Page 8


The traces of symbols to express the written number were used on Inscriptions. Most of the  number words described in table 1 that is required to express any number was  represented  by  symbols. The traces of these symbols or Numerals of the ancient Sinhalese  found in the ancient inscriptions are shown in Table III. The two main inscription where these Numeral are seen are those of Situlpavu and of the Dakkina Stupa Inscriptions.  Others are shown under Inscriptions with numerals page.

Most of these symbols for numbers [Numerals] appear next to and  are attested by written number words. These are well described in Dr Abya Aryasinghe in ‘A Short Study of  Brahmi Numerals in Sri Lanka- ’SAMSKRTI Cultural Quarterly Vol 17 No 3. 1983. Pg 31-50. These numerals bear a close resemblance to the Indian counterparts. The Sinhala numbering system  in written form or in numerical representation was based on the powers of Ten[ Decimal]. It was similar to the Indian counterpart and to the Egyptian Hieratic Script. All three  had 20 symbols or numerals which could be written  in free form on Palm leaves/ Papyrus.The simple additions and Subtractions may have been the  same as the present day arithmetic where it was necessary only to collect numerals of the same order and exchange ten like symbols for the next higher order[ David M Burton-History of Mathematics, 1997 Pg 12.] and subtraction was performed by the same process in the reverse order. Some times borrowing was used when the a symbol was exchanged for a larger number was exchanged for ten lower order symbol to provide enough for the smaller number to be subtracted.  Multiplications and Divisions were additive according to the Rhind’s Papyrus , where the product of two numbers was obtained by repeated doubling of one of the  numbers and then adding the appropriate duplications to from the products. Division  was multiplication in the reverse and was not easy when fractions were involved. To divide one would begin by doubling the divisor to a point at which the next duplication would exceed the dividend, then he would start halving the divisor in order complete the remainder.The construction of large Dagobas, the construction of Tanks and Canals, the creation of the Calendar,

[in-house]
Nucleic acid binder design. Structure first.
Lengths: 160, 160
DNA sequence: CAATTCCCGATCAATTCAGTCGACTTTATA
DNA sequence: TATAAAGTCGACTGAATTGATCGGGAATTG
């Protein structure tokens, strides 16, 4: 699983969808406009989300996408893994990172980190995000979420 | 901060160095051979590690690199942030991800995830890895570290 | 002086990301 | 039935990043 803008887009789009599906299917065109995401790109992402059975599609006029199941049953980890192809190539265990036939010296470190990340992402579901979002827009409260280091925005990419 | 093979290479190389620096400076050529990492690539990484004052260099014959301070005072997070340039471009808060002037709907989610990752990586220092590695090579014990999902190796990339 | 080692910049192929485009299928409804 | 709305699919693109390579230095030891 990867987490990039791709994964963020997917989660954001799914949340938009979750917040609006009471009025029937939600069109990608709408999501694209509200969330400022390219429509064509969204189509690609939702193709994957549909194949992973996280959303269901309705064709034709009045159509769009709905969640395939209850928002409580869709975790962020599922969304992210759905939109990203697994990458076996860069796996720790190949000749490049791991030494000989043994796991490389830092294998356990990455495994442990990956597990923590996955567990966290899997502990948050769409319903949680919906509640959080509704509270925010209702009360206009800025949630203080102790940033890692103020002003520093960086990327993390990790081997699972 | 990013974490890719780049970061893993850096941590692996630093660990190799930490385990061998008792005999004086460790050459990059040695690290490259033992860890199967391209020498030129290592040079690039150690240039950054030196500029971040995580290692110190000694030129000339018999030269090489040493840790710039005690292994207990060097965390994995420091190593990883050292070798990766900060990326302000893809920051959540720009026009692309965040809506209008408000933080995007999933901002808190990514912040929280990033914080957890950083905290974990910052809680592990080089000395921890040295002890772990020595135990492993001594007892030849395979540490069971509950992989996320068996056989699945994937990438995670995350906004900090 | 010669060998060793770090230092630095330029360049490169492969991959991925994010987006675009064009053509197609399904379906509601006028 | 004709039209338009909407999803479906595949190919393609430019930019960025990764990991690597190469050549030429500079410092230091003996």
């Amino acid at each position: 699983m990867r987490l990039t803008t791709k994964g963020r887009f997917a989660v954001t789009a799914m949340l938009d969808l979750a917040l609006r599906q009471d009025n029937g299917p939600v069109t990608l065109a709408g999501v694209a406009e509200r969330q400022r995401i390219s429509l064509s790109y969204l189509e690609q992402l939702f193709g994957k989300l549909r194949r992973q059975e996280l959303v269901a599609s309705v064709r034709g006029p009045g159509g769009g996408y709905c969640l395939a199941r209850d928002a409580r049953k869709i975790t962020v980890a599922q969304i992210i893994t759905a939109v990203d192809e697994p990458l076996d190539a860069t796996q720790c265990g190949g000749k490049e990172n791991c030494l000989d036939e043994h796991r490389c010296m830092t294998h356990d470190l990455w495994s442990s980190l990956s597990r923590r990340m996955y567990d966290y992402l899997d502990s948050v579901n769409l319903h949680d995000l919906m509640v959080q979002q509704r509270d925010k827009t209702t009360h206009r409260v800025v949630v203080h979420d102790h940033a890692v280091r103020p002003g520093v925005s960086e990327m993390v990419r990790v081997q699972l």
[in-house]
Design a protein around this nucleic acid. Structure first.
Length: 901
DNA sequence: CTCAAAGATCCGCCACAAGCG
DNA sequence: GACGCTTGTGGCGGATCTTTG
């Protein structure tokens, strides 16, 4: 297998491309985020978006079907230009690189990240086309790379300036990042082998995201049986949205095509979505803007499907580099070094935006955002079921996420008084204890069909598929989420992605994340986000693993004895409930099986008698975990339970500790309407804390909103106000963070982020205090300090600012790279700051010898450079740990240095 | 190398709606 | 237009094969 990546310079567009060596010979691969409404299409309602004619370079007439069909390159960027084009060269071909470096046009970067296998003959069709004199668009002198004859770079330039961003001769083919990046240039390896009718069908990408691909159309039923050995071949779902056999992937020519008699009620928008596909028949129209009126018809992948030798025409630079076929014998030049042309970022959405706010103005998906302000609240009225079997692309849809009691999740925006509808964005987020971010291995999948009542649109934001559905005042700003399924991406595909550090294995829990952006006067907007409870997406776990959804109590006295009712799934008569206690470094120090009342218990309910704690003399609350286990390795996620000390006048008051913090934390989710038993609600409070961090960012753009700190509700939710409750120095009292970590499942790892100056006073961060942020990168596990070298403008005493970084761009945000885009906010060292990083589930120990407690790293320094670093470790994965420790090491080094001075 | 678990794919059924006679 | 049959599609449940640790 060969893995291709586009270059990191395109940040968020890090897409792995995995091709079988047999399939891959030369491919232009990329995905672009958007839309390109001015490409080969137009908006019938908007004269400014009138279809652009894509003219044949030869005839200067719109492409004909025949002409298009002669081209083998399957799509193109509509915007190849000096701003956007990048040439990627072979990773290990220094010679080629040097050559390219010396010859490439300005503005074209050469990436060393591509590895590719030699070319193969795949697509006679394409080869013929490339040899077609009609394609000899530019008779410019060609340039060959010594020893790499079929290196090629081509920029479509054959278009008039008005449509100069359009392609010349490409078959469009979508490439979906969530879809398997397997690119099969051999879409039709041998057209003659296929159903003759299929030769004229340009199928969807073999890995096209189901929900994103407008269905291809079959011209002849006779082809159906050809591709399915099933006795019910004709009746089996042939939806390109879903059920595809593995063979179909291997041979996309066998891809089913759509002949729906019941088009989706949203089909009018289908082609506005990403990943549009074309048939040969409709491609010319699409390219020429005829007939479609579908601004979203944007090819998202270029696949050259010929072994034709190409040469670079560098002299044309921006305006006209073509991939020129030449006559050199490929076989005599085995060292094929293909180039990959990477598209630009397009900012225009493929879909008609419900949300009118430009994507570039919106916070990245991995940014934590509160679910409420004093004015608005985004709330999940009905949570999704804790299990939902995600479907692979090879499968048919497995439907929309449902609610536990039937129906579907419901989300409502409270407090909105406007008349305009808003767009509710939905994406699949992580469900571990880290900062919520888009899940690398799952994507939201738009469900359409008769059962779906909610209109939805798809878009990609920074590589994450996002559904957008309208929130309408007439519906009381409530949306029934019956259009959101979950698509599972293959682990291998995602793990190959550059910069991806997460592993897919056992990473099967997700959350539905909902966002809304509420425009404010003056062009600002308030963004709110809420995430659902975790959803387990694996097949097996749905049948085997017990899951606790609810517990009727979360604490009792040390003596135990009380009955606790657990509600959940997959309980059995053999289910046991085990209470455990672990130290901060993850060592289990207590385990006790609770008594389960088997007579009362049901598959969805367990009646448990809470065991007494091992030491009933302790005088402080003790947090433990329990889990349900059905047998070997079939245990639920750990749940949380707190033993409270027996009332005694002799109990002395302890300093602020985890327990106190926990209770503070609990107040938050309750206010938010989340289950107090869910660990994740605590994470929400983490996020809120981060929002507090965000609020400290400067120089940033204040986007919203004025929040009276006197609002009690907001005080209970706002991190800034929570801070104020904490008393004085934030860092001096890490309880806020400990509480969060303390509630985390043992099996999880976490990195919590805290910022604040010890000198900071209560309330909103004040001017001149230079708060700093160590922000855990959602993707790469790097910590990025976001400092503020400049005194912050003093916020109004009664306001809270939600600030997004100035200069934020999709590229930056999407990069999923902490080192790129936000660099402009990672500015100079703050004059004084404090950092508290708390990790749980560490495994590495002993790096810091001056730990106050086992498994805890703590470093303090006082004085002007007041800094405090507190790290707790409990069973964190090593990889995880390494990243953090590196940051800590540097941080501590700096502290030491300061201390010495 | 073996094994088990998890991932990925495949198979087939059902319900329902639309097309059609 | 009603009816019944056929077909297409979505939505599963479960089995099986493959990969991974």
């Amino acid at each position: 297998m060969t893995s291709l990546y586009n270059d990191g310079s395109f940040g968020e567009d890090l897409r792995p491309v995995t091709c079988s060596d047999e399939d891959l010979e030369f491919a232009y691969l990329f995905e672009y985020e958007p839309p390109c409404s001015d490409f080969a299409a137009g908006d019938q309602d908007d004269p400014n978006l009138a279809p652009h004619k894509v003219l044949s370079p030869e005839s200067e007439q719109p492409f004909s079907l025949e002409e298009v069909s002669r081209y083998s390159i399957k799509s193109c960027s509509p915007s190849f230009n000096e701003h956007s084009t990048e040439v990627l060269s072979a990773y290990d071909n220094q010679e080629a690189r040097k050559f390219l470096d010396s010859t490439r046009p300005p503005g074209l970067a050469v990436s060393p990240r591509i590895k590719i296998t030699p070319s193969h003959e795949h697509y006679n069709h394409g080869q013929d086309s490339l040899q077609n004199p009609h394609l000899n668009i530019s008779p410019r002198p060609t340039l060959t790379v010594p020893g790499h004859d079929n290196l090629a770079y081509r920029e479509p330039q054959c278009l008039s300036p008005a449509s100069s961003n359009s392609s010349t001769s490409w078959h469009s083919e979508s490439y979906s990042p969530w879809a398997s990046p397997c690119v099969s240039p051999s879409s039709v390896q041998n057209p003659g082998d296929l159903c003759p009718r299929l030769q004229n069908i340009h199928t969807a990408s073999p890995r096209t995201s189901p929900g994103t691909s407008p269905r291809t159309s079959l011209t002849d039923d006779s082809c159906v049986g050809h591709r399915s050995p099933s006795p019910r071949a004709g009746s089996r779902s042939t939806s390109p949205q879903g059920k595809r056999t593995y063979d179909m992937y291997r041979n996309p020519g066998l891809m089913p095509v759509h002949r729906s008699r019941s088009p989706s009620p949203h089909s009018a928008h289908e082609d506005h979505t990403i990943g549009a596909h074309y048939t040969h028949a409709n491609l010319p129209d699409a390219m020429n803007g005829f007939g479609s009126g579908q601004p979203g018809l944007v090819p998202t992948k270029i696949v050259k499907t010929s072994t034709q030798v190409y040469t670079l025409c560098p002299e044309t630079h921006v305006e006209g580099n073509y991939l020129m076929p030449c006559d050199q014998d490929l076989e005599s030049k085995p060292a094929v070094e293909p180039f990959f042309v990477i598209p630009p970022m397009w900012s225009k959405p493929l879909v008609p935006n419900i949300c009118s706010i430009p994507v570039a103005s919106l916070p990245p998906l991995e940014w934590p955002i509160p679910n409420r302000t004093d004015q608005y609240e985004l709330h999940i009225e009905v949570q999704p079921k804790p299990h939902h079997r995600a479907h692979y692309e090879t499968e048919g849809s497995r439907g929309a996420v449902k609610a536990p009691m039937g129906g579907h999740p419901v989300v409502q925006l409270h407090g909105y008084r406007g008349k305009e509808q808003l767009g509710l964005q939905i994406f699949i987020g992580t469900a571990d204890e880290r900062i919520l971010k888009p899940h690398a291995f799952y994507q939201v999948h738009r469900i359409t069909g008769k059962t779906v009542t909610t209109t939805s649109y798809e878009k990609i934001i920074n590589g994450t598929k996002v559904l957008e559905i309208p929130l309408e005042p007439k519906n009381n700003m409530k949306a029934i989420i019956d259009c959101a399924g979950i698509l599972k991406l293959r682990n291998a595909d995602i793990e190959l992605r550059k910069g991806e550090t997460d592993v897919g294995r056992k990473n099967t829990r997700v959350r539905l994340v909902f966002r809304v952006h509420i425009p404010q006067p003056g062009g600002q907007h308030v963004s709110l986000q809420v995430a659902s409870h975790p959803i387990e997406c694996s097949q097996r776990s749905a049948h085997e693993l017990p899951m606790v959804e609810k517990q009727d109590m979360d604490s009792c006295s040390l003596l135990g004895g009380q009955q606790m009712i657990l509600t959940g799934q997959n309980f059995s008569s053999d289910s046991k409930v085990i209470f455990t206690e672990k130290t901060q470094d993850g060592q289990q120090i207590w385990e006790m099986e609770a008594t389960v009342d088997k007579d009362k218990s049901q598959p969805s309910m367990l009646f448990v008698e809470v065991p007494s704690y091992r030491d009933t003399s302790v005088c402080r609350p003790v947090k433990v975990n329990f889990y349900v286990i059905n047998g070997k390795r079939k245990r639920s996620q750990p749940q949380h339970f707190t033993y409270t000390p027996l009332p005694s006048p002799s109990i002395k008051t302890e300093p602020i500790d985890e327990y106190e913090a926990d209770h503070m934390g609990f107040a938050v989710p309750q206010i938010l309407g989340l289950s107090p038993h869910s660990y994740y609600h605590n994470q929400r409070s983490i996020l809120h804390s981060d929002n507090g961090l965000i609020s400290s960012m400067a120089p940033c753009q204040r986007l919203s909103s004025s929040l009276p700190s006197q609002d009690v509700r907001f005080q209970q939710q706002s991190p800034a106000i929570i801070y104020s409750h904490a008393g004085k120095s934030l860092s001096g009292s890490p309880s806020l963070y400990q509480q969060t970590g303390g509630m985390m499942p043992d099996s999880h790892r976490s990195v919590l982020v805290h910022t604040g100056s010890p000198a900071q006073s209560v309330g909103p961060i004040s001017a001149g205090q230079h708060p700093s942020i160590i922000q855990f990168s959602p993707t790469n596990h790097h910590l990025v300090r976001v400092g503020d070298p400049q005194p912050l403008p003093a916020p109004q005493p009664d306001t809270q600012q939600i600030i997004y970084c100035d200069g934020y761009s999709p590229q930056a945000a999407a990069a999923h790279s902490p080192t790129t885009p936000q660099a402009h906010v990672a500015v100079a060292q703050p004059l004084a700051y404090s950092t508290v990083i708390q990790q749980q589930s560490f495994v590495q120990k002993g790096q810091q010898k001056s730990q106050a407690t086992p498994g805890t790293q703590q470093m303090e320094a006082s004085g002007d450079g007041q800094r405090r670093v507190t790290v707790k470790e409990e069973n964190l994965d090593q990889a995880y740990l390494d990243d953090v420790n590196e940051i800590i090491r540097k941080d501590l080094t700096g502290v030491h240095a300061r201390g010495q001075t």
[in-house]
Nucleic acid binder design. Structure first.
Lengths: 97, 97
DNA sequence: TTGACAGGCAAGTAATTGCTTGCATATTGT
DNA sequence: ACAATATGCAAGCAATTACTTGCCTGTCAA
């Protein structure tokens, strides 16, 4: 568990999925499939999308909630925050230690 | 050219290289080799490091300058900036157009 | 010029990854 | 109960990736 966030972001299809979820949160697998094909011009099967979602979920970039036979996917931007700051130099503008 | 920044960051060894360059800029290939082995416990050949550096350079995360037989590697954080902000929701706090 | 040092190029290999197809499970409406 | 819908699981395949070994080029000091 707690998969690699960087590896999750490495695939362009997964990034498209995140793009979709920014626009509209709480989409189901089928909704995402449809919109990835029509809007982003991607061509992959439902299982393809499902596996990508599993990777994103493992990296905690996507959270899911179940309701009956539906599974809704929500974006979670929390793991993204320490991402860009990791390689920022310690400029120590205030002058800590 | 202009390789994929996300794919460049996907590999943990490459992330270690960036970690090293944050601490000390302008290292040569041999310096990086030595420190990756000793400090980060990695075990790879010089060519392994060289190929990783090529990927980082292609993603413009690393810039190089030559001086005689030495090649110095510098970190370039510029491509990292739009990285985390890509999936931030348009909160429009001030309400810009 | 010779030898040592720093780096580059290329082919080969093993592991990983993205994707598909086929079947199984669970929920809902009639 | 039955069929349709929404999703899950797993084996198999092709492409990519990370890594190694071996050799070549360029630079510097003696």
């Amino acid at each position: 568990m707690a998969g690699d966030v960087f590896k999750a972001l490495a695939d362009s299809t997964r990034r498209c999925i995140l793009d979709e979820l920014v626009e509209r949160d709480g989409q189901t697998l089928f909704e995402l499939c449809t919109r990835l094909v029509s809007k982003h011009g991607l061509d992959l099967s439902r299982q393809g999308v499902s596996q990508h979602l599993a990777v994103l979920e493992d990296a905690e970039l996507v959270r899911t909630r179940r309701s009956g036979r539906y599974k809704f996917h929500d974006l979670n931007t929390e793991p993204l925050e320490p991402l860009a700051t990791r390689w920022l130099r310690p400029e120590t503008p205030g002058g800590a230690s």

Surveying of land and the record keeping for commerce required a  numerical system and precise mathematical language free of ambiguities and misleading statements. All these subjects should be studied in greater detail, as a lot of factors could be deduced from Rock Inscriptions, Ancients Texts and other evidence.